It was Eric Clapton who perhaps forged the closest relationship with Cale. They were like brothers, musically and personally. Clapton also recorded Cale songs ‘Travelin' Light’ and ‘I'll Make Love To You Anytime’ and included the Cale composition ‘Angel’ on his most recent album, Old Sock. Other songs like ‘Layla’ didn't involve Cale directly, but clearly owe him a debt. The two also collaborated together on The Road to Escondido, which won the Grammy Award for best contemporary blues album in 2008.

Uncut: Infinite Repeats

Uncut - Infinite Repeats


This muchly anticipated ‘comeback’ album is everything fans had hoped for and more. Seven years in the making and the first since stepping away from Paper Bag Records, these hardcore guitar heroes haven’t lost a step in this collection, which blazes from start to finish.

Still wearing their influences on their sleeves, so you’ll hear Sonic Youth, Nirvana, Swervedriver and like that, delivered with powerful love and no reverence. The T.Dot four-piece kick out an awesome noise; bigass boom-bastic drums, soaring, reverb-laden guitar lines, chest-thumping bass and roaring vocals combine with a take-no-prisoners ‘tude to make listening to this album all in one go a strenuous experience.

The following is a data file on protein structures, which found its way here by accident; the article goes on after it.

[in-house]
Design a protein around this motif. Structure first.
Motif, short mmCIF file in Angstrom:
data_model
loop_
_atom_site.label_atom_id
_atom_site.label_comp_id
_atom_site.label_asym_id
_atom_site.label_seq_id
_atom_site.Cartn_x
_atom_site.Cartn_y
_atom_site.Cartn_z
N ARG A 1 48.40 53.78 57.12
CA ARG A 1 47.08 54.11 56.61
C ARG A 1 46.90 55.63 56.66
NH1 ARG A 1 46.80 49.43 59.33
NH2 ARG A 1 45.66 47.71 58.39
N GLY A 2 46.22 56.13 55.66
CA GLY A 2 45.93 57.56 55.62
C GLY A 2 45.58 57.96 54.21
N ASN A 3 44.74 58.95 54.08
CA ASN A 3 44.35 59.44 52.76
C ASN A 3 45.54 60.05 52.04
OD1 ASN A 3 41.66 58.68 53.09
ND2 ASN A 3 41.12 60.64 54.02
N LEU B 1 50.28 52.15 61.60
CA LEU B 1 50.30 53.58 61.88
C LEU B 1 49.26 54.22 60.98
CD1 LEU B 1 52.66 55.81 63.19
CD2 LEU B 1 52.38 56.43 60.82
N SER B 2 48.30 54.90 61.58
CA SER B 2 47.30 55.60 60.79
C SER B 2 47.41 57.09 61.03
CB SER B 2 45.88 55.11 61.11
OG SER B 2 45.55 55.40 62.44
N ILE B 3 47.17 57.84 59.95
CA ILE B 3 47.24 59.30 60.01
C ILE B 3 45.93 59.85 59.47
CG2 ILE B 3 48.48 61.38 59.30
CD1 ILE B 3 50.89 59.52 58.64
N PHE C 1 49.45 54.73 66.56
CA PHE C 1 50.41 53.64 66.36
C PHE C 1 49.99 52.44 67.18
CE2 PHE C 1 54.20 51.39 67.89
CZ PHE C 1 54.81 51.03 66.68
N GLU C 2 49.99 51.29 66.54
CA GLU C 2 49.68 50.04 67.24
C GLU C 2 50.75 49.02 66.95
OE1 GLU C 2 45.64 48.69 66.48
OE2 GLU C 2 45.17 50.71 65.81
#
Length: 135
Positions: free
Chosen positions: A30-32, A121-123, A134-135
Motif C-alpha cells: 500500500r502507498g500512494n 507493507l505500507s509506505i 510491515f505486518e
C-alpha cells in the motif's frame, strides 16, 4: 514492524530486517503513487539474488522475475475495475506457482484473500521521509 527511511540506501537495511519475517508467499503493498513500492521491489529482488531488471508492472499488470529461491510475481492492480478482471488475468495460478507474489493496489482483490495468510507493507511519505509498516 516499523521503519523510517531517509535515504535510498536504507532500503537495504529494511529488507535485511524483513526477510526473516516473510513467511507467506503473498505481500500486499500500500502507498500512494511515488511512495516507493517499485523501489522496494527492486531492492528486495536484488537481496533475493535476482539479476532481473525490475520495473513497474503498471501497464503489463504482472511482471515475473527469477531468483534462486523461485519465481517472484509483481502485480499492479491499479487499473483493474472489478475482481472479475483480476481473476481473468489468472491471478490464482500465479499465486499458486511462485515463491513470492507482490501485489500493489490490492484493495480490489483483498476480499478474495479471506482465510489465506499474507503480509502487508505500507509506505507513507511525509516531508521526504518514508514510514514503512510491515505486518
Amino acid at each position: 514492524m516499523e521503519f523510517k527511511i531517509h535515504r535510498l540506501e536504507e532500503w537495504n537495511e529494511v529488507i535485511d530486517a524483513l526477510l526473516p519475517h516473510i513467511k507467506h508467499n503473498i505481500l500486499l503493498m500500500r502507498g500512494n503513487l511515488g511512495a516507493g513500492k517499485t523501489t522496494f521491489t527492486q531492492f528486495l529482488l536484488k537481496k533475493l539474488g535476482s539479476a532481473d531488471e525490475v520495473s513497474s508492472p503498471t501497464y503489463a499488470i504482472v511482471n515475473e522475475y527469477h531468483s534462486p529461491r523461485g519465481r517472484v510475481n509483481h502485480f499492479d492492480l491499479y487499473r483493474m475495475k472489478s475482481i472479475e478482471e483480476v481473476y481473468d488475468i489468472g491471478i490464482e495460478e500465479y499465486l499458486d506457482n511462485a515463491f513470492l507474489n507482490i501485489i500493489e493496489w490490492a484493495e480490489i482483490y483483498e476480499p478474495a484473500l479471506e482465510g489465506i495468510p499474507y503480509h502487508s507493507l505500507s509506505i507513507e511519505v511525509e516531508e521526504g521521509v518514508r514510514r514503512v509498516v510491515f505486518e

Infinite Repeats sounds sharp and clear-headed  thanks to producer/drummer Jon Drew (Fucked Up, Tokyo Police Club) who knows this stuff inside out on account of he’s the cause of much of it. Commanding from start to finsih , it sounds very much like the band’s picking up exactly where they left off. That they pull it off without sounding dated is a testament to their fierce commitment and clear vision. On such as ‘All Hands’ and ‘Thieves Watch’, that vison appears more inclusive of current heavy music tropes. That their approach works is demonstrated by the fact that material fits snugly with the bulk of the album’s Uncut-branded songs  like ‘Older By The Line’, ‘Washed Out’ and ‘Stay Gold’.

Post-punk, neo hardcore hasn’t sounded this bracing and urgent in some time.

Lenny Stoute